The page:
Article 50 of the Treaty of the EU (the Lisbon Treaty) allows that the UK may decide to withdraw from the EU in accordance with its own constitutional requirements. It goes on to mention that obligations will cease to apply from the date of entry into force of the withdrawal agreement between the UK and the EU or two years after notification by the UK. However, the period of two years can be extended, subject to certain procedural conditions.
With the UK government’s triggering of the Brexit procedure pursuant to Article 50 imminent, one of the areas which will gain a lot of attention is air transport. As the completion of the liberalised internal market for air transport has been a success for the last two decades, expectations are that a lot of potential damage to the aviation industry can be done with the UK departing the EU. Key feature is that UK airlines will no longer enjoy unlimited access to, from and within the EU market. The same would apply to EU airlines with respect to the UK market.
Obviously, the final outcome of the Brexit process and its implications for the future relationship between the EU and the UK so far remain unclear and will also be heavily influenced by political interests. Therefore, the solution needs to be ‘politically’ agreeable as well. However, within the aviation industry and among lawyers there seems to be somewhat of a consensus about the possible models of future cooperation in the field of air transport.
Under the European Economic Area (EEA) agreement, access to the EU single aviation market has also been granted to air carriers from Norway, Iceland and Lichtenstein. In addition, the European Economic Aviation Area agreement (ECAA) allows market access to airlines from a number of Eastern and Southern European countries. Companies from Switzerland enjoy such access as well on a purely bilateral basis with the EU. One would expect any of these options to be a feasible result of the Brexit negotiations, despite that all have upsides and downsides for both parties. On the other hand, and as the most negative result, no deal at all would revert all to ICAO and WTO conventions, treaties and principles.
However, institutions and industry are in a position to use one of their most successful achievements in recent history to gather momentum quickly. An option that seems to be slightly overlooked so far is the EU-US open skies agreement of 2007 which came into force in 2008. It has almost completely liberalised the transatlantic air transport market which - facilitating more than 50 million passengers annually - is the largest market in the world. The EU and US have long argued that their agreement should be used as a blueprint for further regional agreements and cooperation in the field of international aviation. The European institutions - including Council, Commission and European Parliament - as well as the UK have acquired almost a decade of experience with the transatlantic open skies agreement. It would therefore provide a solid basis to build on. Why not use the Brexit issue as a case for such an approach?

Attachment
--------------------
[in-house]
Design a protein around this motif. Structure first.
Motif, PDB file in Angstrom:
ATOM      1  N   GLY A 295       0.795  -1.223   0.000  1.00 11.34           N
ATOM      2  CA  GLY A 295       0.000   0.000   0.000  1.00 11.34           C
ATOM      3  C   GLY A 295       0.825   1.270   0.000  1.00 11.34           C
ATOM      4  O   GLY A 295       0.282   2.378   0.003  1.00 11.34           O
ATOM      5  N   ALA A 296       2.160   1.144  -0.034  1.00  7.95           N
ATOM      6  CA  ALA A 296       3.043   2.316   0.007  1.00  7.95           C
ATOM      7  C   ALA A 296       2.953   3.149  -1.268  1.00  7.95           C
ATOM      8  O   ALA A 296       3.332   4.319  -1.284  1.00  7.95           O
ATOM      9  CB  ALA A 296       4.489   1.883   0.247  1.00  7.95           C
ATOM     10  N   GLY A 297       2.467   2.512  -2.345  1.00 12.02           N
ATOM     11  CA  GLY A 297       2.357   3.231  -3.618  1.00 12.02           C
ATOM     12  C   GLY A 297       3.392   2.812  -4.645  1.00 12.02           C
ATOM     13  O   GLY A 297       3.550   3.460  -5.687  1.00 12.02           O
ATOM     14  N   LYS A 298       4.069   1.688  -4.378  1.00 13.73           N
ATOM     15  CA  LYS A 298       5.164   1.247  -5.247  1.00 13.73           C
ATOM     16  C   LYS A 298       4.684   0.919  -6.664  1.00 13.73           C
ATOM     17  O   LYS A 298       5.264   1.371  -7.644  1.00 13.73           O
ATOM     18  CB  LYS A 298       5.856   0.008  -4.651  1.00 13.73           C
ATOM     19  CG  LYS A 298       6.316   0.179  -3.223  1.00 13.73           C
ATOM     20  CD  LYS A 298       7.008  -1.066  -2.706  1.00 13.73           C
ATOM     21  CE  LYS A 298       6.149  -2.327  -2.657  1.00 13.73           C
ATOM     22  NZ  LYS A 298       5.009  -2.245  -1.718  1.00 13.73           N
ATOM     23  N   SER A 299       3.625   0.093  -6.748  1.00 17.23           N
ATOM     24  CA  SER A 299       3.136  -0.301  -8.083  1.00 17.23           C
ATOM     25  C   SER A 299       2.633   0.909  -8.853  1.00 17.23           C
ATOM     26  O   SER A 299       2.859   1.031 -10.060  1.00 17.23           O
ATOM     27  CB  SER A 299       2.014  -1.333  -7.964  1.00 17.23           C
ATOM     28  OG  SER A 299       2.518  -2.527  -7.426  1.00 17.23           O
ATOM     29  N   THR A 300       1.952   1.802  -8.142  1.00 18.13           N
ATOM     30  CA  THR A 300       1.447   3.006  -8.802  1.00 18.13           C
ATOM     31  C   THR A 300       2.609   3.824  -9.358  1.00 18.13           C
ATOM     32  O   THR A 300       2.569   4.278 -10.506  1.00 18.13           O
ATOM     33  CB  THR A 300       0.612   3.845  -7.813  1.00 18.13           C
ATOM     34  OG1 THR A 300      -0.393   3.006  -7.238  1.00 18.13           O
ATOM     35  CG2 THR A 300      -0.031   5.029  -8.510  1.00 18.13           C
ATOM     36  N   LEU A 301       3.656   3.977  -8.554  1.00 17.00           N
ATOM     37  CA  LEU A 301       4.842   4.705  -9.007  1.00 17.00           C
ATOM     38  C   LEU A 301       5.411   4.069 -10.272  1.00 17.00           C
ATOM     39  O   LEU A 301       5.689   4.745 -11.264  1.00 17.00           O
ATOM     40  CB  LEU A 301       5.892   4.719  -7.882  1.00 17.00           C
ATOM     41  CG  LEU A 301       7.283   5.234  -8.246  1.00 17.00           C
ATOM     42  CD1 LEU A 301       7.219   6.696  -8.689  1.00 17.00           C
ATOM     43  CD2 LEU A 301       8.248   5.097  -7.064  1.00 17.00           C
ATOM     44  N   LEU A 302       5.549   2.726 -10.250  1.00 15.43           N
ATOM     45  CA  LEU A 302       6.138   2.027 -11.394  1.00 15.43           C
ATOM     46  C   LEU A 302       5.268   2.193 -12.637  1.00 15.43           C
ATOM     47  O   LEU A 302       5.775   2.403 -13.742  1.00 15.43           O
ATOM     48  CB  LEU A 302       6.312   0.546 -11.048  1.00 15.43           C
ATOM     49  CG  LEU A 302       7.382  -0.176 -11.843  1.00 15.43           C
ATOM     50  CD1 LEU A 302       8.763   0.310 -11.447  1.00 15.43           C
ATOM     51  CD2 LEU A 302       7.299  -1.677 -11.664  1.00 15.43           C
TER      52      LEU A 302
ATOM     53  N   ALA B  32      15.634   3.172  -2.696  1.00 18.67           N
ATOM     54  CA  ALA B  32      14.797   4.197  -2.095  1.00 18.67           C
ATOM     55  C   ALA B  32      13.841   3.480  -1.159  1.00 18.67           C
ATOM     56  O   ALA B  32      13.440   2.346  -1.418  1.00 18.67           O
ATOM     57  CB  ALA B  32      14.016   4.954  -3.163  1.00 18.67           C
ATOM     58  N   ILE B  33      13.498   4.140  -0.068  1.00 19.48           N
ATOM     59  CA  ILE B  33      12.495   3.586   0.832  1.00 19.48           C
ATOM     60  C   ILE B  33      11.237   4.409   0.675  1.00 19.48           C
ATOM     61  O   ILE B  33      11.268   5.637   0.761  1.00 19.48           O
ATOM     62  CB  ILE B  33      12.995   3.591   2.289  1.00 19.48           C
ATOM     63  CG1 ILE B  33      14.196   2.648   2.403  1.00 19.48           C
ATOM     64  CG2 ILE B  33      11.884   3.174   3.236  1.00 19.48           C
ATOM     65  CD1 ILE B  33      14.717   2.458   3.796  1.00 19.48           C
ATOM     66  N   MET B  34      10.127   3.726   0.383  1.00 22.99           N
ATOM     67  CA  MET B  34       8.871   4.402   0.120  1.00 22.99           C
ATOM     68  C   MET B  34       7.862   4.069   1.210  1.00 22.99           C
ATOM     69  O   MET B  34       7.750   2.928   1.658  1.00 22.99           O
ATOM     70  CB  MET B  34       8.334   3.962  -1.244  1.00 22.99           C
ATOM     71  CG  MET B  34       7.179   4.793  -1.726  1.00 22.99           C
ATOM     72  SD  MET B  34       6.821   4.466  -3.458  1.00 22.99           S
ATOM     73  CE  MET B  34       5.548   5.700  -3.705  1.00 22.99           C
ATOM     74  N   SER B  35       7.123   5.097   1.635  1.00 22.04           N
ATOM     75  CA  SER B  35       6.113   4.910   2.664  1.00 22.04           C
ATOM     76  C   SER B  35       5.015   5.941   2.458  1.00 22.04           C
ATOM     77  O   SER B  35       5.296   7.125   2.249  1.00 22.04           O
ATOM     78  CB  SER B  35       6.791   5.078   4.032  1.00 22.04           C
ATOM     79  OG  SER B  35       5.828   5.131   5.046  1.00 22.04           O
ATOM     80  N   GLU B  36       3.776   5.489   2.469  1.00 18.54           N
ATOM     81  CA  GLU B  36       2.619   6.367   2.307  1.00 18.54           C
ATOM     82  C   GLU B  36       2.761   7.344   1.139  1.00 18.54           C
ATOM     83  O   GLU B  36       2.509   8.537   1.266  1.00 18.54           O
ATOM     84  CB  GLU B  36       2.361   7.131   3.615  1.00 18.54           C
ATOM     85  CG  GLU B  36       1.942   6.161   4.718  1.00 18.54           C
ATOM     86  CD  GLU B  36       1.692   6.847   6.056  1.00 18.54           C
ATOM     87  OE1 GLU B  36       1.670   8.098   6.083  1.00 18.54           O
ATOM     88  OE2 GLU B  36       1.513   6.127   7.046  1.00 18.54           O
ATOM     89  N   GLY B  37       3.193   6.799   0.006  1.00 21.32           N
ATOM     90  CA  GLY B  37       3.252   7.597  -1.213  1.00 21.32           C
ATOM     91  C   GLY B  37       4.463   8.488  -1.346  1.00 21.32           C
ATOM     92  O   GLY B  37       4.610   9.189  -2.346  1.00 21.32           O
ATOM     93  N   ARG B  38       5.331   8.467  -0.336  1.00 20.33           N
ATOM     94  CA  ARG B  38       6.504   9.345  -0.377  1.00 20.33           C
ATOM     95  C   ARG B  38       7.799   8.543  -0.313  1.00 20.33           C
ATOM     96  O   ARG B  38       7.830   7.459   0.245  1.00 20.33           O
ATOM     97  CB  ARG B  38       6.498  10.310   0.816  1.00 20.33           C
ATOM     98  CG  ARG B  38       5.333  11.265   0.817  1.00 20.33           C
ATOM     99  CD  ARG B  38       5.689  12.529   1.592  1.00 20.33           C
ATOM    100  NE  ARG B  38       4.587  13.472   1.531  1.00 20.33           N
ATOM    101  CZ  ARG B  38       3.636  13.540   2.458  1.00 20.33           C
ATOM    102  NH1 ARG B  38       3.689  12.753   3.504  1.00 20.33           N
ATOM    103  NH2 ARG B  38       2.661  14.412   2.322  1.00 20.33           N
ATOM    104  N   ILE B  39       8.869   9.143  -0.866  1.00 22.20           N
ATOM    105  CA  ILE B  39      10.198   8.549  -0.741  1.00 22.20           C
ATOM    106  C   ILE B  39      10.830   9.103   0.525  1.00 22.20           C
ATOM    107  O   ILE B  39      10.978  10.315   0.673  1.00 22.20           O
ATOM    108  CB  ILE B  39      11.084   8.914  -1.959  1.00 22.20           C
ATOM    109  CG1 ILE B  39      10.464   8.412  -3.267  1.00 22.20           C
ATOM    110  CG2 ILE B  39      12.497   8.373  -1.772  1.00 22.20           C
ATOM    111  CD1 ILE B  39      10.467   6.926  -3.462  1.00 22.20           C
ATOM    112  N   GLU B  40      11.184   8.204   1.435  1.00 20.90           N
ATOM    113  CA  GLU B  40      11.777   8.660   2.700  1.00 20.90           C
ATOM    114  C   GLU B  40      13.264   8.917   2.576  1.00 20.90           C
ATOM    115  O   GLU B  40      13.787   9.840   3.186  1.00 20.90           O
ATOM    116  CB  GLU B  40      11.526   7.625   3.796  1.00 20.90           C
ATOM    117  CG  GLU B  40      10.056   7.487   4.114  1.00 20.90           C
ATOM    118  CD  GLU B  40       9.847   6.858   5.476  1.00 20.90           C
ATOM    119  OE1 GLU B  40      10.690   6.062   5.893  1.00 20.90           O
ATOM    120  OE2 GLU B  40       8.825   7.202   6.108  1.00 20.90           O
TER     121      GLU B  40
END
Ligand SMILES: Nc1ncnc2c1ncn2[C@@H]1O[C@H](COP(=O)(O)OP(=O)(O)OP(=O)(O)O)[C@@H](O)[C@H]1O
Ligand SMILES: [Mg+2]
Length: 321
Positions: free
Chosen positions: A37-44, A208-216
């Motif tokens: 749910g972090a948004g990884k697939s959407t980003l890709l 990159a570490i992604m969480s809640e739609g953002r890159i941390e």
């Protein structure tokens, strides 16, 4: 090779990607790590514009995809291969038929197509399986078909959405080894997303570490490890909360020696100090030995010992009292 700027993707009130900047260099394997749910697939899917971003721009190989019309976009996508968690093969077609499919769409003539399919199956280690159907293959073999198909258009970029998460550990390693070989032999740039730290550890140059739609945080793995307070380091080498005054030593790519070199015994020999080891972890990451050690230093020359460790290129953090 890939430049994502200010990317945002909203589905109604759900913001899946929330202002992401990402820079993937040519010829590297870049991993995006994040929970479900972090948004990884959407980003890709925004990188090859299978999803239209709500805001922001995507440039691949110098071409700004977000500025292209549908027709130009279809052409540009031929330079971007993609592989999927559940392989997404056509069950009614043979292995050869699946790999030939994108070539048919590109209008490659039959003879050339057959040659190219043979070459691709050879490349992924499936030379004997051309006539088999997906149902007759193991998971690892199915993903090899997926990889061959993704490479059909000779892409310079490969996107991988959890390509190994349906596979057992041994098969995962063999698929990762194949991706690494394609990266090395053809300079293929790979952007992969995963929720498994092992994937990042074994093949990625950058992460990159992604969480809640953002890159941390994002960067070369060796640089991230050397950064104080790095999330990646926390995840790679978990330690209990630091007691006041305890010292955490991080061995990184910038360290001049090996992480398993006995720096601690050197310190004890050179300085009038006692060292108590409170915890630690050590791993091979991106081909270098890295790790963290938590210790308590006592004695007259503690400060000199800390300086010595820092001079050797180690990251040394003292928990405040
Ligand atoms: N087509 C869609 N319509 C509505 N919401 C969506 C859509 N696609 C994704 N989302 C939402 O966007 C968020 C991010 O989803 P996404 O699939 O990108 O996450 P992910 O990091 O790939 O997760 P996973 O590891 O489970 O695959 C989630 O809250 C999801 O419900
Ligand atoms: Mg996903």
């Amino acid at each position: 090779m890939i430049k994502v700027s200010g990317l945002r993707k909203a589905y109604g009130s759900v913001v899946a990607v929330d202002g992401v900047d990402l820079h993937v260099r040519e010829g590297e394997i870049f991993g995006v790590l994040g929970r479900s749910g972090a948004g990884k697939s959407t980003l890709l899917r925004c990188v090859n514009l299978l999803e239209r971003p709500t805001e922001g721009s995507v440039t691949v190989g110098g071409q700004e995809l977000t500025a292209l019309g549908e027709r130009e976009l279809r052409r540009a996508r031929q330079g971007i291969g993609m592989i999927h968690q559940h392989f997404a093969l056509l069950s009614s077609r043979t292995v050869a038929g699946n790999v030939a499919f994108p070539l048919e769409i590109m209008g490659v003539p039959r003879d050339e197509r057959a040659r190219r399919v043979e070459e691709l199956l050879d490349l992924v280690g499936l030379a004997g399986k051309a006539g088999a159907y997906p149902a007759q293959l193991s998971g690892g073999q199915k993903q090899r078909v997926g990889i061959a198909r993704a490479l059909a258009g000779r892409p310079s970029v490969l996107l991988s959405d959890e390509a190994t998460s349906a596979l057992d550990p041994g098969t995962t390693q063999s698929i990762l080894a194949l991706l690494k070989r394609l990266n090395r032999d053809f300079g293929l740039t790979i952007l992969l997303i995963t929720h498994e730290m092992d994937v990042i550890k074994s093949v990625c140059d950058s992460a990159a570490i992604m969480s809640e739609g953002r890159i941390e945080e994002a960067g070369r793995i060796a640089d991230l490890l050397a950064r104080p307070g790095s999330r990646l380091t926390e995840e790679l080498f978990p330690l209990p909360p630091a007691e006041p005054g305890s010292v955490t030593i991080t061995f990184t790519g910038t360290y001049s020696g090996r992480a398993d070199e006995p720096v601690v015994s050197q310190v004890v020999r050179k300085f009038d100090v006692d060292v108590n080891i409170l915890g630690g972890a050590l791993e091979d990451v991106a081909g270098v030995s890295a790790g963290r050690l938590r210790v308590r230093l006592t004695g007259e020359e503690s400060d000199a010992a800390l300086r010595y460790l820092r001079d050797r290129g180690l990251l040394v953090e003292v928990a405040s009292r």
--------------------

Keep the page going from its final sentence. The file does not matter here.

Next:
The EU has used the basic principles of the EU-US open skies agreement to facilitate its neighbourhood aviation policy and it has been reasonably successful in including key elements of the open skies agreement in various air services agreements with non-EU countries, in Europe as well as outside. It has also – with variable success – been able to achieve regulatory convergence with a number of non-EU countries, including the US, on non-included topics.
Is the EU-US open skies agreement the ideal deal? By no means. It would certainly require amending some of the elements in the agreement to effectively use it as a basis for a balanced EU-UK Brexit deal. Important issues to be resolved would include operations to slots-constrained EU and UK airports, discarding the unbalanced EU-US ownership & control rules of 25% vs. 49% and clarifying new requirements, possible inclusion of the emissions trading system ETS and traffic rights within each other’s territory (contrary to the EU-US agreement). Also, questions such as UK compliance with EU safety measures (EASA), consumer protection legislation and security measures will have to be solved.
Speed matters. Uncertainty and un-clarity for the air transport industry need to be avoided as much as possible. In addition to the institutional and legal questions there are issues and concerns regarding the economic impacts, such as exchange rate issues and opportunities for economic activity. A long lasting process would be unacceptable by any standards.
The EU, UK and industry are in a position to achieve a jump start. Despite indications from the Commission that no special deal with and for aviation is possible, it is in everyone's best interest to roll out the groundwork already.
If not, the process is going to be long, difficult and rough. Very rough.